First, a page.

In 1876 Sampson Moore in England designed and supplied the first ever electric overhead crane, which was used to hoist guns at the Royal Arsenal in Woolwich, London. Since that time Alliance Machine, now defunct, holds an AISE citation for one of the earliest cranes in the USA market. This crane was in service until approximately 1980, and is now in a museum in Birmingham, Alabama. Over the years important innovations, such as the Weston load brake (which is now rare) and the wire rope hoist (which is still popular), have come and gone. The original hoist contained components mated together in what is now called the built-up style hoist. These built up hoists are used for heavy-duty applications such as steel coil handling and for users desiring long life and better durability. They also provide for easier maintenance. Now many hoists are package hoists, built as one unit in a single housing, generally designed for ten-year life, but the life calculation is based on an industry standard when calculating actual life. See the Hoists Manufacturers Institute site for true life calculation which is based on load and hours used. In today's modern world for the North American market there are a few governing bodies for the industry. The Overhead Alliance is a group that represents Crane Manufacturers Association of America (CMAA), Hoist Manufacturers Institute (HMI), and Monorail Manufacturers Association (MMA). These product counsels of the Material Handling Industry of America have joined forces to create promotional materials to raise the awareness of the benefits to overhead lifting. The members of this group are marketing representatives of the member companies.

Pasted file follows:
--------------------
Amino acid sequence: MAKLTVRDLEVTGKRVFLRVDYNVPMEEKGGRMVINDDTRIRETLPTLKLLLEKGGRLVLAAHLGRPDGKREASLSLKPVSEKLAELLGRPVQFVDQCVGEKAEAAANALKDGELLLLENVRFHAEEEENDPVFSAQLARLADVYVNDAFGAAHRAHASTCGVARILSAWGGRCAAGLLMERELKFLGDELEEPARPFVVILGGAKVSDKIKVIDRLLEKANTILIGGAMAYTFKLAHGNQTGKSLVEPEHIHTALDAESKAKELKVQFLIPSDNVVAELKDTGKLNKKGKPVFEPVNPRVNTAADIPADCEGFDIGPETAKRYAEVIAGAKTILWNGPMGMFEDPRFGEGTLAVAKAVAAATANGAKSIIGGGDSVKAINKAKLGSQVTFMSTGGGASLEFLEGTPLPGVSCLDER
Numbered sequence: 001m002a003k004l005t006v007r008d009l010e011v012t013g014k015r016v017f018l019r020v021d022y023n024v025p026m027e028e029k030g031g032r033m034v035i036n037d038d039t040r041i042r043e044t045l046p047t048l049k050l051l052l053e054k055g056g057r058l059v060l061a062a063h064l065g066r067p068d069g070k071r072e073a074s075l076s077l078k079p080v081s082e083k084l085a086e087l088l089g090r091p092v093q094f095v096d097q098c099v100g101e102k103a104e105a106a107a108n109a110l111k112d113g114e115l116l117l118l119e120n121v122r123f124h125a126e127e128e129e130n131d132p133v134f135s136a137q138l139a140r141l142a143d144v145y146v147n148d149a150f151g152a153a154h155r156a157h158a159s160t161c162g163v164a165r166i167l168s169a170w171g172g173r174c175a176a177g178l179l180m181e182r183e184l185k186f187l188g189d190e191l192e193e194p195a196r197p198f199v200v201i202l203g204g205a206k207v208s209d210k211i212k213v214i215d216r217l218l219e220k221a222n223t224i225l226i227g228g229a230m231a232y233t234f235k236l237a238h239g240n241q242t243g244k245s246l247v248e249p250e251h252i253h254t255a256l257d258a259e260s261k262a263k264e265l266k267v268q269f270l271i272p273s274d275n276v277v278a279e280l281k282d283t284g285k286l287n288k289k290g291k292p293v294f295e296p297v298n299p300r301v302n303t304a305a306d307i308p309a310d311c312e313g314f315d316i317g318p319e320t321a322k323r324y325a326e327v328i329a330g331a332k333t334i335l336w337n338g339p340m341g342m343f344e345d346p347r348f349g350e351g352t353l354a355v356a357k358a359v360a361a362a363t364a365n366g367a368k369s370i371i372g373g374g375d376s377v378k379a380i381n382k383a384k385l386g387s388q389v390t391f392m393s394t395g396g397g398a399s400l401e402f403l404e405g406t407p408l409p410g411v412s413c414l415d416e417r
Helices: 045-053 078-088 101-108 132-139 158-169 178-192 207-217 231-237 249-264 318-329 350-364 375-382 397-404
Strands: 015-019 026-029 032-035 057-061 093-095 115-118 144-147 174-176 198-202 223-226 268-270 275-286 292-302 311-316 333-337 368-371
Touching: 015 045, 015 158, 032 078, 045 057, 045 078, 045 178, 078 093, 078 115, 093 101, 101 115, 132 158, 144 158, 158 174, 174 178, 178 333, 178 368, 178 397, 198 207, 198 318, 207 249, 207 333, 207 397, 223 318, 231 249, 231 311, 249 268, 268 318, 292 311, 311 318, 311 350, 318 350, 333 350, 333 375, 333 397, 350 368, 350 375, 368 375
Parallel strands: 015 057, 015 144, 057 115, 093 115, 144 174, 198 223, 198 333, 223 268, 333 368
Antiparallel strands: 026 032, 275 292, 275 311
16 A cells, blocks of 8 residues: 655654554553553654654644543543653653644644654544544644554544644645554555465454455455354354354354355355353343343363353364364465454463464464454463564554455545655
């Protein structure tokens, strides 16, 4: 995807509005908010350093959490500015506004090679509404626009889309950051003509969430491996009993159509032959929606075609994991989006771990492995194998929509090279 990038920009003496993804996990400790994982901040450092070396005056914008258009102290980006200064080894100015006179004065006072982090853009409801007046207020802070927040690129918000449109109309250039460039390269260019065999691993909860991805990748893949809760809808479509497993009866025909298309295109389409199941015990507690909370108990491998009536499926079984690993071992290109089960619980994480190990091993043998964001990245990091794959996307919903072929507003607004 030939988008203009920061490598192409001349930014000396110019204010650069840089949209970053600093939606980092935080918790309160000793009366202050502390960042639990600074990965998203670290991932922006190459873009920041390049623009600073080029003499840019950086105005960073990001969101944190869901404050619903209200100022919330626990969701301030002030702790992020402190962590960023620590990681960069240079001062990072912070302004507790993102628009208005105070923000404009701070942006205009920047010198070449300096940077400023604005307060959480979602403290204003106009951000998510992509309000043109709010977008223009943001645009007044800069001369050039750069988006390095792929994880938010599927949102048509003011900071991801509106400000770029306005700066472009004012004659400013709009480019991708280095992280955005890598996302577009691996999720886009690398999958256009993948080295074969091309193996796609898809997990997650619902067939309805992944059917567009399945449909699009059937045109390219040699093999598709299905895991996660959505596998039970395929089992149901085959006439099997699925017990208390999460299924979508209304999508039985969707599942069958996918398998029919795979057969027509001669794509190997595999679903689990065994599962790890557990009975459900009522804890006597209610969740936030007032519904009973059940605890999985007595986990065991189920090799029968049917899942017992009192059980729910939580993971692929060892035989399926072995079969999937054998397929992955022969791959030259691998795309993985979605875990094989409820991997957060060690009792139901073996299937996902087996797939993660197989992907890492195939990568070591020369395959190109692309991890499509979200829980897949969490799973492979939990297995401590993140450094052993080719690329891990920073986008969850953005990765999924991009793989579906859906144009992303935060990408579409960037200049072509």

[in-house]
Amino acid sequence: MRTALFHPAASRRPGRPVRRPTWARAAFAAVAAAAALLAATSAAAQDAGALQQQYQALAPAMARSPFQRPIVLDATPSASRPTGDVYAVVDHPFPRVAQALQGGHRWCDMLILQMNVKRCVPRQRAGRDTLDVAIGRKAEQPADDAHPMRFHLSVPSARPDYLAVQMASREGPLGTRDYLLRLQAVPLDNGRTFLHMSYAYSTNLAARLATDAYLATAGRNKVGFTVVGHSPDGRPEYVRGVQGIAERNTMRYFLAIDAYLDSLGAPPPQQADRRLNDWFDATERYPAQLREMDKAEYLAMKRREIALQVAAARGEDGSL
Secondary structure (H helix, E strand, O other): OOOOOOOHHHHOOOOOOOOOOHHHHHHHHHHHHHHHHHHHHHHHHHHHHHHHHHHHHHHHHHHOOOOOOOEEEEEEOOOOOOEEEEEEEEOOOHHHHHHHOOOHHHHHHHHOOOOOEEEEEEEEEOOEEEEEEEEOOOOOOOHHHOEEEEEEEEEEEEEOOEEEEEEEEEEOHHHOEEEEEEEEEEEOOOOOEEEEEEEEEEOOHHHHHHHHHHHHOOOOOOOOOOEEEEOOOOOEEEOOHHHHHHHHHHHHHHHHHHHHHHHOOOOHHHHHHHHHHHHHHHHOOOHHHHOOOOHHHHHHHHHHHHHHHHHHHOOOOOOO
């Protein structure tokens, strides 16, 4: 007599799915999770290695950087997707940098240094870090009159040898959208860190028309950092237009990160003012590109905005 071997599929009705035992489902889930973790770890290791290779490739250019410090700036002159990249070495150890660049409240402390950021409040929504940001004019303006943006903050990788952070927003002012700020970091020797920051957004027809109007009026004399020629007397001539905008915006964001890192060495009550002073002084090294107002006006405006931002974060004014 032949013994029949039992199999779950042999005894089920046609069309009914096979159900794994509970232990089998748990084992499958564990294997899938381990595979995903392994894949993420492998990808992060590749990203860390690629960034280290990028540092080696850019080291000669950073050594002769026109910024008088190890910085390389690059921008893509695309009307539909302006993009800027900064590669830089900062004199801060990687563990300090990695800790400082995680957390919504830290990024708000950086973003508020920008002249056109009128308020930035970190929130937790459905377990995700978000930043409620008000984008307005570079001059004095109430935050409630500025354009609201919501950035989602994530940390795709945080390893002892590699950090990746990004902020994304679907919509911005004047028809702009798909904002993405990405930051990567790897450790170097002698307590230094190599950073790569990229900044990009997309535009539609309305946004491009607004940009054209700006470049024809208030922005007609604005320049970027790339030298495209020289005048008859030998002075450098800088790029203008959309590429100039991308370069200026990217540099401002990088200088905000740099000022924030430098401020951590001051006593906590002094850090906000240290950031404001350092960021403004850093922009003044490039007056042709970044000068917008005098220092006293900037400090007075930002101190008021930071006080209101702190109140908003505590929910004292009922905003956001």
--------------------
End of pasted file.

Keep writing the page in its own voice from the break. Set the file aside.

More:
1830: First Crane company in Germany Ludwig Stuckenholz company.
1840: mass production of overhead cranes starts in Germany
1854: Sampson Moore & Co in Liverpool England patents a new winch mechanism that allowed the lifting of heavier weights (such as naval guns) by an electric motor.
1861: the first steam powered overhead crane is installed by John Ramsbottom at the Crewe Railway workshops. Power was transmitted to the crane from a pulley driven by a stationary engine through an endless cotton rope.
1887: the Ludwig Stuckenholz company introduces electrical components to overhead cranes determining industry design.
1910: the first mass-produced electric motor hoist starts in Germany.